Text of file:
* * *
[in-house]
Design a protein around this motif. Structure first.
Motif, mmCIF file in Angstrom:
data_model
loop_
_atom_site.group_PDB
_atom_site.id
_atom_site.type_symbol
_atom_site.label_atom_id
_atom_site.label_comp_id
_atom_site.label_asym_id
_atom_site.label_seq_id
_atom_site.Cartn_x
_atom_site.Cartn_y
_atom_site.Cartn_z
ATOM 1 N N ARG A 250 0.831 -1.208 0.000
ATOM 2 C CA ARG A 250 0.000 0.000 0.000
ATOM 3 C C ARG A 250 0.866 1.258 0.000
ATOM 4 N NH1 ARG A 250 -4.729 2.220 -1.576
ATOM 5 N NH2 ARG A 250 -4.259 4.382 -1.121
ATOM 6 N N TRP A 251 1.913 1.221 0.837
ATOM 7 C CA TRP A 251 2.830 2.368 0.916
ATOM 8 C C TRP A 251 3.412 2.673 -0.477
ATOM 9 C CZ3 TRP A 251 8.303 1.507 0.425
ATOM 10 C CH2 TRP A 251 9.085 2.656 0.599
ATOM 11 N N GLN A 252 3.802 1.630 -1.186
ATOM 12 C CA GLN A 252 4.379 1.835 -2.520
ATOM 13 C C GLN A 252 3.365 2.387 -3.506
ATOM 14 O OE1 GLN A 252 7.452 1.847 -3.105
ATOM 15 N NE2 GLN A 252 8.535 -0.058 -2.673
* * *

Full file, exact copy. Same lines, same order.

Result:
[in-house]
Design a protein around this motif. Structure first.
Motif, mmCIF file in Angstrom:
data_model
loop_
_atom_site.group_PDB
_atom_site.id
_atom_site.type_symbol
_atom_site.label_atom_id
_atom_site.label_comp_id
_atom_site.label_asym_id
_atom_site.label_seq_id
_atom_site.Cartn_x
_atom_site.Cartn_y
_atom_site.Cartn_z
ATOM 1 N N ARG A 250 0.831 -1.208 0.000
ATOM 2 C CA ARG A 250 0.000 0.000 0.000
ATOM 3 C C ARG A 250 0.866 1.258 0.000
ATOM 4 N NH1 ARG A 250 -4.729 2.220 -1.576
ATOM 5 N NH2 ARG A 250 -4.259 4.382 -1.121
ATOM 6 N N TRP A 251 1.913 1.221 0.837
ATOM 7 C CA TRP A 251 2.830 2.368 0.916
ATOM 8 C C TRP A 251 3.412 2.673 -0.477
ATOM 9 C CZ3 TRP A 251 8.303 1.507 0.425
ATOM 10 C CH2 TRP A 251 9.085 2.656 0.599
ATOM 11 N N GLN A 252 3.802 1.630 -1.186
ATOM 12 C CA GLN A 252 4.379 1.835 -2.520
ATOM 13 C C GLN A 252 3.365 2.387 -3.506
ATOM 14 O OE1 GLN A 252 7.452 1.847 -3.105
ATOM 15 N NE2 GLN A 252 8.535 -0.058 -2.673